Pathology of Clostridium perfringens Type C Enterotoxemia in Horses

Santiago S Diab, Hailu Kinde, J. Moore, M. F. Shahriar, J. Odani, L. Anthenill, G. Songer, Francisco A Uzal

Research output: Contribution to journalArticlepeer-review

46 Scopus citations


Clostridium perfringens type C is an important cause of enteritis and enterocolitis in foals and occasionally in adult horses. The disease is a classic enterotoxemia, and the enteric lesions and systemic effects are caused primarily by beta toxin, 1 of 2 major toxins produced by C. perfringens type C. Until now, only sporadic cases of C. perfringens type C equine enterotoxemia have been reported. We present a comprehensive description of the lesions in 8 confirmed cases of type C enterotoxemia in foals and adult horses. Grossly, multifocal to segmental hemorrhage and thickening of the intestinal wall were most common in the small intestine, although the colon and cecum were also frequently affected. All horses had variable amounts of fluid, often hemorrhagic intestinal contents. The most characteristic microscopic lesion was necrotizing or necrohemorrhagic enteritis, with mucosal and/or submucosal thrombosis. Numerous gram-positive rods were occasionally seen in affected mucosa. A definitive diagnosis of C. perfringens type C enterotoxemia in all 8 cases was based on the clinical history, gross and histologic lesions, and detection of the beta toxin in intestinal contents.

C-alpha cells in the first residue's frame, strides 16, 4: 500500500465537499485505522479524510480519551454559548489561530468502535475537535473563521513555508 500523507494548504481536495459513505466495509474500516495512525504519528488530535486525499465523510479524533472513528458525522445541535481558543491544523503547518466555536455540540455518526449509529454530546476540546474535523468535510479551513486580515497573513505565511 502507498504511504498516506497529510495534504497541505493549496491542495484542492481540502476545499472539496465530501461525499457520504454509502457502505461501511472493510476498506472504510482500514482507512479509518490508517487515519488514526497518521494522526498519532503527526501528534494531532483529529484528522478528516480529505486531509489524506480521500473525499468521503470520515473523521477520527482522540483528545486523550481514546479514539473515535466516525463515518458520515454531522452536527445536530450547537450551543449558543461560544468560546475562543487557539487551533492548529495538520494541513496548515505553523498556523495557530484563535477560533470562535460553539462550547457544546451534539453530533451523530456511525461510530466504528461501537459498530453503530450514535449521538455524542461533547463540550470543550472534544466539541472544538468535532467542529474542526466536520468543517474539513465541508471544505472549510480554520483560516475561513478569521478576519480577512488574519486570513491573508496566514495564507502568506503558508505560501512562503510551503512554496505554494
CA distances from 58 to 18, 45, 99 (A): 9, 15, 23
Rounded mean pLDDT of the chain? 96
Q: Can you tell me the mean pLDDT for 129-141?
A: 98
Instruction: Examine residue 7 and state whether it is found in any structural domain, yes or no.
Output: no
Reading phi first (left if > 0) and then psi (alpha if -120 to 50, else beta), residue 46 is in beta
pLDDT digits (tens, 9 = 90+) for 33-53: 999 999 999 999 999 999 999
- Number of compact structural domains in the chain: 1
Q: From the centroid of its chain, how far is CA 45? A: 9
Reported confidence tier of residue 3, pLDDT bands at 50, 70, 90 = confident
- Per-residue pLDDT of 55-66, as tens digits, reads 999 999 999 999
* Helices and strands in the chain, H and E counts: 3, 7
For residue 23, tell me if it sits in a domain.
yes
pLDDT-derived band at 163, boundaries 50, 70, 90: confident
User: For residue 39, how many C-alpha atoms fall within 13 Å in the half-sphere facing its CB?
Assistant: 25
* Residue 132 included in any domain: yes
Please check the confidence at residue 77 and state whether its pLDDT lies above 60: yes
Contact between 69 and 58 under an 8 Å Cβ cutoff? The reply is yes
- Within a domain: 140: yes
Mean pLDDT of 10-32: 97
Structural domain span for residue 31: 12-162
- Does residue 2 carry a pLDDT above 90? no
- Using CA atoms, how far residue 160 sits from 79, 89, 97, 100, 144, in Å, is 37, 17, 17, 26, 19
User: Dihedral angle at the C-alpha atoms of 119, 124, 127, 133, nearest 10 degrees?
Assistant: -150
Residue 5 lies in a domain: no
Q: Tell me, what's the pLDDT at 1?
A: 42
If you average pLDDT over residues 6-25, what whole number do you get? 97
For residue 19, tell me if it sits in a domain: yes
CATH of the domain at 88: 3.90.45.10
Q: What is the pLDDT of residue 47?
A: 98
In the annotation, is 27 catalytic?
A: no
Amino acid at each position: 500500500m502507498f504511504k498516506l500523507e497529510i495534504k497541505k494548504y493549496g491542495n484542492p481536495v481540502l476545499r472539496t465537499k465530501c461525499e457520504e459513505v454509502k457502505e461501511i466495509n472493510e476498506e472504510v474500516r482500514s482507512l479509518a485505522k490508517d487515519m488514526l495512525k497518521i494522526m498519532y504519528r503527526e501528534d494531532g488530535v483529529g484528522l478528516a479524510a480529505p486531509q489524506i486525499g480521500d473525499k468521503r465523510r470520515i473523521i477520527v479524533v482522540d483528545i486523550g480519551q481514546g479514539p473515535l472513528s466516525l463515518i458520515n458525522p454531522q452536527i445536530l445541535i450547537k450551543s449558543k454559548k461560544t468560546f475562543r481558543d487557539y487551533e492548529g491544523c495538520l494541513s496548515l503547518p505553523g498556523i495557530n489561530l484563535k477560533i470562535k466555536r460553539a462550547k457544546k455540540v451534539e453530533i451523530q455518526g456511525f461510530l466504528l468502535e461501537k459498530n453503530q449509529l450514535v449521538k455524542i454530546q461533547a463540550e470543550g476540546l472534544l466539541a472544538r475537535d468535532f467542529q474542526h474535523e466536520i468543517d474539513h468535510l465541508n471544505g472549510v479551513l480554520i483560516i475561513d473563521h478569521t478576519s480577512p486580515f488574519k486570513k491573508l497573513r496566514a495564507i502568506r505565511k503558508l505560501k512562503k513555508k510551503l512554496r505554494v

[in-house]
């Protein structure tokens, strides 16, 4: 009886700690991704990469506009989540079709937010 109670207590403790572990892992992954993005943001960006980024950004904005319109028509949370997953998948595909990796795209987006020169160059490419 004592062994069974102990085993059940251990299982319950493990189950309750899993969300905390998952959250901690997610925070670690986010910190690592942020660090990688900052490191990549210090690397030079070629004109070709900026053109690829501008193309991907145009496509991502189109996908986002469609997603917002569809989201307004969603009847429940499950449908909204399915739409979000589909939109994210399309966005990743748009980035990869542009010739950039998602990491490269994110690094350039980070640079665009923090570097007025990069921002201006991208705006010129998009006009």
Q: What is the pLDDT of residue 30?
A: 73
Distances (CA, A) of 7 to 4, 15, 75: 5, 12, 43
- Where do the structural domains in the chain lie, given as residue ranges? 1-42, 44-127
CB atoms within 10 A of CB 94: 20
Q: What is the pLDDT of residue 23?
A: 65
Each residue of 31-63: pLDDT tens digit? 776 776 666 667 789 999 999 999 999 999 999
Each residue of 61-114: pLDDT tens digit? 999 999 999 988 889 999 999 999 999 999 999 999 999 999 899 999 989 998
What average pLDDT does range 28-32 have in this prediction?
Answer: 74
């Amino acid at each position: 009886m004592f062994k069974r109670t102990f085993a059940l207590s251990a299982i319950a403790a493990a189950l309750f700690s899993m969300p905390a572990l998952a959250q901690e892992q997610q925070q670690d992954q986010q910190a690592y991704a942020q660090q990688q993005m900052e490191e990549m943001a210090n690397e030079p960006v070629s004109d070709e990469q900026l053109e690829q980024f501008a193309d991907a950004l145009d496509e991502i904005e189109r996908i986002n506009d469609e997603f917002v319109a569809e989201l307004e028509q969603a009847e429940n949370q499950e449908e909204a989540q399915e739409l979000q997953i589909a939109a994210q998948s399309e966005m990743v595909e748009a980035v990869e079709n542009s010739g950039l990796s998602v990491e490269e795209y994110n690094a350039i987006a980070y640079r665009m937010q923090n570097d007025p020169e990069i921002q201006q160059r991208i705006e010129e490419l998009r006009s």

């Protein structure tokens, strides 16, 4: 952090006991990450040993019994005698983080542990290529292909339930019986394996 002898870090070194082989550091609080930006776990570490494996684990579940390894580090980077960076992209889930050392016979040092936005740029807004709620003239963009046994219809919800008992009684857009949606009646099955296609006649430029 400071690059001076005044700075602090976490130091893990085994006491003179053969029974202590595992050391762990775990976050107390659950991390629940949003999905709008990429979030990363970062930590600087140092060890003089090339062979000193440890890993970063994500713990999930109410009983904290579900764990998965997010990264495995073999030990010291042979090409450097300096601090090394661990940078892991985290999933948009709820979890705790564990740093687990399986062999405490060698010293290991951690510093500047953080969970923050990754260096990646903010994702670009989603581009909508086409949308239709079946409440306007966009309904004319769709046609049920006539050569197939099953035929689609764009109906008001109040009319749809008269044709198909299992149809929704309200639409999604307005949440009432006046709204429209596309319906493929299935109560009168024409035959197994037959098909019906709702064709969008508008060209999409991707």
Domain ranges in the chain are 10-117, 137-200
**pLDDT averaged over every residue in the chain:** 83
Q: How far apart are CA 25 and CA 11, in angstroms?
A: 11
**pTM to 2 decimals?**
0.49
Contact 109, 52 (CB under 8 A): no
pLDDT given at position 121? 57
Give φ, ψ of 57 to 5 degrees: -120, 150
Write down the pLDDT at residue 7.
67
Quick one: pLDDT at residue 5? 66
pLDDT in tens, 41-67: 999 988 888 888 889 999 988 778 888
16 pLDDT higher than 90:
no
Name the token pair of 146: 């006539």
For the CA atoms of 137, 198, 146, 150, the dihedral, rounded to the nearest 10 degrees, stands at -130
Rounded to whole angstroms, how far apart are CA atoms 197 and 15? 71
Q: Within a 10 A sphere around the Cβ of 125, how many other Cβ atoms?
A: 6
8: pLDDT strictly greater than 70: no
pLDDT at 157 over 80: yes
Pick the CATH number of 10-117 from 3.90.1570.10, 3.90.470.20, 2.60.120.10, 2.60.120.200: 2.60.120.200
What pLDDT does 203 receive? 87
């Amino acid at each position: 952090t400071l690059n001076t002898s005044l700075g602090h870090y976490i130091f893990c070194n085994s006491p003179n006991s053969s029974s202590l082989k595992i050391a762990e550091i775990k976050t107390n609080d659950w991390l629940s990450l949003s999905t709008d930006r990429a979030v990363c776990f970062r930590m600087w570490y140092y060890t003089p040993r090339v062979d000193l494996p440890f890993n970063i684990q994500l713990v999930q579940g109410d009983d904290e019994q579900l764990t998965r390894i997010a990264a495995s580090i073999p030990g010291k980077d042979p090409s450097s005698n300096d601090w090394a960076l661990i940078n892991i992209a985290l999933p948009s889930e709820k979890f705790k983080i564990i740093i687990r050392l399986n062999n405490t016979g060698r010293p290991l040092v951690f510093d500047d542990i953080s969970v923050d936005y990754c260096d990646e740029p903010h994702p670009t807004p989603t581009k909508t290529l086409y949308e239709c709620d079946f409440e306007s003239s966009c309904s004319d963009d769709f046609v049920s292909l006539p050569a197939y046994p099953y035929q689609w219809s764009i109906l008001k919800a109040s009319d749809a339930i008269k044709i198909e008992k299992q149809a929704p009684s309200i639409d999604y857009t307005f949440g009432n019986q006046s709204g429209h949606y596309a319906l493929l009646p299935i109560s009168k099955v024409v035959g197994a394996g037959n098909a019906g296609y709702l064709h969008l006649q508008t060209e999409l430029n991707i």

Original languageEnglish (US)
Pages (from-to)255-263
Number of pages9
JournalVeterinary Pathology
Issue number2
StatePublished - Mar 2012


  • beta toxin
  • Clostridium perfringens
  • colitis
  • diarrhea
  • enteritis
  • enterotoxemia
  • horses

ASJC Scopus subject areas

  • veterinary(all)


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